MEET THE REGULARS OF AMERICAN BANDSTAND™
These Philadelphia Teenage Dancers Were Loved by Over 20 Million Television Viewers During the Late 1950s and Early 1960s
When American Bandstand became the most popular daytime television program in the late 1950s, a group of ordinary Philadelphia high school students who loved to dance suddenly became a national phenomenon. Known as the Regulars, they became the nation’s first reality stars.
These 14- to 18-year olds like Arlene and Kenny, Justine and Bob, Carole, Pat, Frani, the Jimenez sisters and more were idealized and idolized by teens and young adults. They became just like other Hollywood celebrities. Television viewers followed their romances and break-ups; they copied their hairstyles, fashions and dance steps. Fans bought the records the Regulars rated highly in the weekly Record Review. Millions of Americans of all ages voted for their favorites in the Bandstand dance contests.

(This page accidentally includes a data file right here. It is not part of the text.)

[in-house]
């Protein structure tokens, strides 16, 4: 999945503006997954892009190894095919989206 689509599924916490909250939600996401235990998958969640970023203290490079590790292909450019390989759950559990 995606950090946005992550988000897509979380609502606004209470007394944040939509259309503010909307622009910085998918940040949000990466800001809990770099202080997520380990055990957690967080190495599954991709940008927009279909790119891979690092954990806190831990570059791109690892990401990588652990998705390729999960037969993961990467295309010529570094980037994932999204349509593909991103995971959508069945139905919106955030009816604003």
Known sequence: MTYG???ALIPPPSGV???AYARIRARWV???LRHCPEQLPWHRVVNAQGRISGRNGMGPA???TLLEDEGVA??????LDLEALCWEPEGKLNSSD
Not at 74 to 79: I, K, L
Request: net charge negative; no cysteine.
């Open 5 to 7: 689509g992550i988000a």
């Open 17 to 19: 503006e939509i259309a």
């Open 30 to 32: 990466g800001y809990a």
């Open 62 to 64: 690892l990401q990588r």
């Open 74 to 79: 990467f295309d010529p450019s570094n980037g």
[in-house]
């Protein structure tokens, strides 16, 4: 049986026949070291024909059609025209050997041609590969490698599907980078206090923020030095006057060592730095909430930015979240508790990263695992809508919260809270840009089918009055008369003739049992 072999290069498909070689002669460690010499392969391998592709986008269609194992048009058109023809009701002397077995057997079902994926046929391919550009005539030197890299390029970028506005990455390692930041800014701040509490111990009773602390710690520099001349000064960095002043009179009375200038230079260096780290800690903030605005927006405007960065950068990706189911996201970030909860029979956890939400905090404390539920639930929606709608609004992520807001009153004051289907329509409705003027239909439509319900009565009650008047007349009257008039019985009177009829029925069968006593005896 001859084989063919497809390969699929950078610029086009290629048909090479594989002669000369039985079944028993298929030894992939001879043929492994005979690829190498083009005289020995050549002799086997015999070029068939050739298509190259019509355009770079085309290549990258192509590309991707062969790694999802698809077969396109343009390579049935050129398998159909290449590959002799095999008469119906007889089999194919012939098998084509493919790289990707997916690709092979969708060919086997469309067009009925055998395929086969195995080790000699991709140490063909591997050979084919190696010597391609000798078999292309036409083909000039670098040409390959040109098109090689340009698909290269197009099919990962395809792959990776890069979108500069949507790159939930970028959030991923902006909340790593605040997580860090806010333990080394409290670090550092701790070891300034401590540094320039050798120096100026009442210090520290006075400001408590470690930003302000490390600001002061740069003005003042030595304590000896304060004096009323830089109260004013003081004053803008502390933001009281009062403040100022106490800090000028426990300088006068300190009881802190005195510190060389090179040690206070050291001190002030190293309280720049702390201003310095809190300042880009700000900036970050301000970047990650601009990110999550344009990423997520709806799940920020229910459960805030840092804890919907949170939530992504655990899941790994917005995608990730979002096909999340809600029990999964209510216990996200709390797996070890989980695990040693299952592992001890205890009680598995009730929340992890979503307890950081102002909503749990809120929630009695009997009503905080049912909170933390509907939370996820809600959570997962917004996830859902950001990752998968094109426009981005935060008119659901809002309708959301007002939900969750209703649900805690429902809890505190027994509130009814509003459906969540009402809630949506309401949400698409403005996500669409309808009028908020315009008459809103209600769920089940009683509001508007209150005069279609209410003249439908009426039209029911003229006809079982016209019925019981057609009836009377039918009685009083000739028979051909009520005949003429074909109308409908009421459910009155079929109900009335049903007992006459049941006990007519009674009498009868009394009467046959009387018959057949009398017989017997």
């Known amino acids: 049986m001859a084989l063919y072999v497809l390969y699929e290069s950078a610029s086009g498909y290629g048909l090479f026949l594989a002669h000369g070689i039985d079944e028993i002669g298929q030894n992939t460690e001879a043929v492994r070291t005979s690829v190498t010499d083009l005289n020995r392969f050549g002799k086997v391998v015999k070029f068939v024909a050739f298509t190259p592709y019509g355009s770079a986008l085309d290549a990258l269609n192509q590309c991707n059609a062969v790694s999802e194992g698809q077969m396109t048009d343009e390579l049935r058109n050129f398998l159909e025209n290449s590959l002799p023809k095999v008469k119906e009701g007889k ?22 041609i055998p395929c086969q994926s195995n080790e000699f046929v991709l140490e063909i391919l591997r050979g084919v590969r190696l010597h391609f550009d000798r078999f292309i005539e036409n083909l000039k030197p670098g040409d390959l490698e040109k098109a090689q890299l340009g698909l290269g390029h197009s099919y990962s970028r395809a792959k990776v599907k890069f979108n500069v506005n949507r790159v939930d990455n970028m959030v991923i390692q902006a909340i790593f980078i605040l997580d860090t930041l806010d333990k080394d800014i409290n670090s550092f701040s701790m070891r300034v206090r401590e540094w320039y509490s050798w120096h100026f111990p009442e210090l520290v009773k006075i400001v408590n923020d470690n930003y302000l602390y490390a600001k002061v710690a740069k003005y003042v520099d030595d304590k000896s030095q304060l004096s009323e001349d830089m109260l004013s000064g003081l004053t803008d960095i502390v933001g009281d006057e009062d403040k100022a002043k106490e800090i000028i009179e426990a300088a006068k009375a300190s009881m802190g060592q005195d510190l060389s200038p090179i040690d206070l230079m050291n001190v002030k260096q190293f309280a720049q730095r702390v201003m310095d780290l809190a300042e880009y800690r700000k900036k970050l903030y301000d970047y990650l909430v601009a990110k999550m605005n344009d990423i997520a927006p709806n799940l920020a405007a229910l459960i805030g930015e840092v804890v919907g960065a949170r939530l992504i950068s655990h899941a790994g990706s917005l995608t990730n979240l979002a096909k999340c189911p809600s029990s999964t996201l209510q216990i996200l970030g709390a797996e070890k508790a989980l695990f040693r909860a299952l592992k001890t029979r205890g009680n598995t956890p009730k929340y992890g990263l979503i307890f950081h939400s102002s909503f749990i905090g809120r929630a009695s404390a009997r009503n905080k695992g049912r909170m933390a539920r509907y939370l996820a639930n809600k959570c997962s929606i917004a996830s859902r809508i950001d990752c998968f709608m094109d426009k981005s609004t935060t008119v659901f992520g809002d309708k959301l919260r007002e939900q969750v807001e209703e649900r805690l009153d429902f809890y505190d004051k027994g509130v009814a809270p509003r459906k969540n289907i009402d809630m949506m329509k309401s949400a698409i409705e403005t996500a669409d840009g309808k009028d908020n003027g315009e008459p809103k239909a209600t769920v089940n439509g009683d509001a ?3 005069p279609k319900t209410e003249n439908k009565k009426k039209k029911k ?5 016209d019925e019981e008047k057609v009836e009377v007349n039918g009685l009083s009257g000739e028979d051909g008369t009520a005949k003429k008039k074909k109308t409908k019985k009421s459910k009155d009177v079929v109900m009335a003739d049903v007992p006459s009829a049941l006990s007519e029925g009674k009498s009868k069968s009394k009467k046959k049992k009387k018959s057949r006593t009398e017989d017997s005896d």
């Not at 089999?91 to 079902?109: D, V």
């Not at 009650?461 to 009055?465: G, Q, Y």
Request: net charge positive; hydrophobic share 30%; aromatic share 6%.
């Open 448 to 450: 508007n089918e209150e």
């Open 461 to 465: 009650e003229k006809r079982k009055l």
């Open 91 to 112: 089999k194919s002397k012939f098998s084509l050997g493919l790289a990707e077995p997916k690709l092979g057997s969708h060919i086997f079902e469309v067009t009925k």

For the first time in over 50 years, you have the opportunity to meet the Regulars and discover what it was really like to be on American Bandstand. Learn about their fan clubs and adoring fan club members. Learn what many of them are doing today; see photos galore of the ‘Regulars’ then and now.
There are special features about the musical groups and singers who performed on the show – including Charlie Grace, Bobby Rydell, Frankie Avalon, Dion and the Belmonts, Danny and the Juniors, Paul Anka, and Fabian.
You will enjoy:
· Over 700 photos from then and now
· Entries from Arlene Sullivan’s personal diary
· Interviews with the living legends – the Regulars – today
· Special Tributes for Pat Molittieri, Carole Scaldeferri, Myrna Horowitz and many others
· Following Dick Clark’s rise to fame
· Information on special theme shows and reunions
· The mystery of the reruns
· Fan Club experiences
· Learning how American Bandstand made rock ‘n’ roll respectable
BANDSTAND DIARIES is a coffee-table book that offers readers a nostalgic walk through those halcyon, memory-filled days when rock n’ roll became the soundtrack of a generation, when television was in grainy black and white and when a 45 RPM record cost less than 70 cents.